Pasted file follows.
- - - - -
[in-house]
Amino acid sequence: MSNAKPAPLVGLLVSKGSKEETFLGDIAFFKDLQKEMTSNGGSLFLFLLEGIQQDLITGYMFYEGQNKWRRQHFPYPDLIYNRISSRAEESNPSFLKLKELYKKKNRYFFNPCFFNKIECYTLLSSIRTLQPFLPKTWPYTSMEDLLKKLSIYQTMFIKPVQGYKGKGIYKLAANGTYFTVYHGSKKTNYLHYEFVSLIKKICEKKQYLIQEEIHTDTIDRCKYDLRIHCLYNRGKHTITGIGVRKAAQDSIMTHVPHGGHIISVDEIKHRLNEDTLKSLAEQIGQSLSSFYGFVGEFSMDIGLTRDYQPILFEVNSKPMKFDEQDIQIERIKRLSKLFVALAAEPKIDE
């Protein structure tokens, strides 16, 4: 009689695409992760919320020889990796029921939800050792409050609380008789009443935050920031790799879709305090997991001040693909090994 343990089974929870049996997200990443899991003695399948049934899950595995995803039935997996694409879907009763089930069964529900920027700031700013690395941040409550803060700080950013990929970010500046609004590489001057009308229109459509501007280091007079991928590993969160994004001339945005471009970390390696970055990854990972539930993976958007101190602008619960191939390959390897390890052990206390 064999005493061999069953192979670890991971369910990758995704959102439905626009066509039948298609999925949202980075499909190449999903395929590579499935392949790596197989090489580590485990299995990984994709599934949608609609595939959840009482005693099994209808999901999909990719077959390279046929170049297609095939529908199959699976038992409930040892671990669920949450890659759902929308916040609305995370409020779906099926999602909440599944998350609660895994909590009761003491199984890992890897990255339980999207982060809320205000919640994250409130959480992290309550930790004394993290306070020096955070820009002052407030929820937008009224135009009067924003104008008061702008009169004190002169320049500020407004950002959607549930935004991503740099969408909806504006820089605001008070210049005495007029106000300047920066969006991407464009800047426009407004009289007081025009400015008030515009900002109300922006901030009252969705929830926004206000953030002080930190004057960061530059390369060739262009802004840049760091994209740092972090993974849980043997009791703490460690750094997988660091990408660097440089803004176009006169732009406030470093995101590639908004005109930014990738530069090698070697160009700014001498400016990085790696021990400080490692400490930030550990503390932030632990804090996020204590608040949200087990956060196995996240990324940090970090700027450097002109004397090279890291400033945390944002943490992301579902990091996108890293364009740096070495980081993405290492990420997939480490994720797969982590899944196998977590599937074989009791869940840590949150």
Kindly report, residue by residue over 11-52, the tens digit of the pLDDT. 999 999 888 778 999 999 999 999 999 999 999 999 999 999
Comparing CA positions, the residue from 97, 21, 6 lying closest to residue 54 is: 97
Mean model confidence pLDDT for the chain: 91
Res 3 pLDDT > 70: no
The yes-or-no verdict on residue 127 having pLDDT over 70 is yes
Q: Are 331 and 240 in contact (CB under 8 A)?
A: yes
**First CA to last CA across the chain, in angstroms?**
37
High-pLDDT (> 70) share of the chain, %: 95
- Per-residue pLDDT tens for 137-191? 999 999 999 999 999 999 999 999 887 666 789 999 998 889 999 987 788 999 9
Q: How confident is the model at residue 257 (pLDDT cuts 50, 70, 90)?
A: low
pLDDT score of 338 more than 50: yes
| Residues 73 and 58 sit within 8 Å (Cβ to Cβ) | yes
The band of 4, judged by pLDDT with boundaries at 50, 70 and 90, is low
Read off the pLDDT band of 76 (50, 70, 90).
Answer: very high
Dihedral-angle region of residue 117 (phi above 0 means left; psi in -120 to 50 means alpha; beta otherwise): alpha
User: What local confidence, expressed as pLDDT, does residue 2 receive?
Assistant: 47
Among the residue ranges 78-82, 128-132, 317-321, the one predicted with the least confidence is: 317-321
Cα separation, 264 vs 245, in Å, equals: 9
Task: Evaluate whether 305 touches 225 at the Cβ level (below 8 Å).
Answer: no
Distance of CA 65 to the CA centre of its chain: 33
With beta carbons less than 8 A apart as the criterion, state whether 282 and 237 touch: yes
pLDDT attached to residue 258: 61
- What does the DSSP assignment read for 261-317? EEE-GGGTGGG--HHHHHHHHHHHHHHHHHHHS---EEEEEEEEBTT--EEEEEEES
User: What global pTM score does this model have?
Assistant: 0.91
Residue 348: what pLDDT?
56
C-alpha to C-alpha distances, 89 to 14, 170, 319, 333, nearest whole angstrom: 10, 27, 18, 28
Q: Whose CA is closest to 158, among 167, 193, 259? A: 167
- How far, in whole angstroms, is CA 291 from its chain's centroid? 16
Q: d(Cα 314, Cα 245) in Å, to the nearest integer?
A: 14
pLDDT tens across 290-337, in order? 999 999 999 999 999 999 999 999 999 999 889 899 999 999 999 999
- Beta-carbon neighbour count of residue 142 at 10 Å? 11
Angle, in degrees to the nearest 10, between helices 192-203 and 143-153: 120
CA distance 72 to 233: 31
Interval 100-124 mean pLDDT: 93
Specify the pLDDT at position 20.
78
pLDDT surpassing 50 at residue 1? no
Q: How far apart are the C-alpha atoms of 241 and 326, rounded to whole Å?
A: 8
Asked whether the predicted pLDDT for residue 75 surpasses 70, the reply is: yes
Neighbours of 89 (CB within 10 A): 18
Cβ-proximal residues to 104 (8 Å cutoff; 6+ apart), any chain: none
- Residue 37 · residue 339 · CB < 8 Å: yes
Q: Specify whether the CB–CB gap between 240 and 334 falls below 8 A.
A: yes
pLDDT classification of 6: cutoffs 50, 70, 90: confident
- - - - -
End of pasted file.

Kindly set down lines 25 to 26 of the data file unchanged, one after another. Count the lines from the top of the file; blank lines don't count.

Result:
Among the residue ranges 78-82, 128-132, 317-321, the one predicted with the least confidence is: 317-321
Cα separation, 264 vs 245, in Å, equals: 9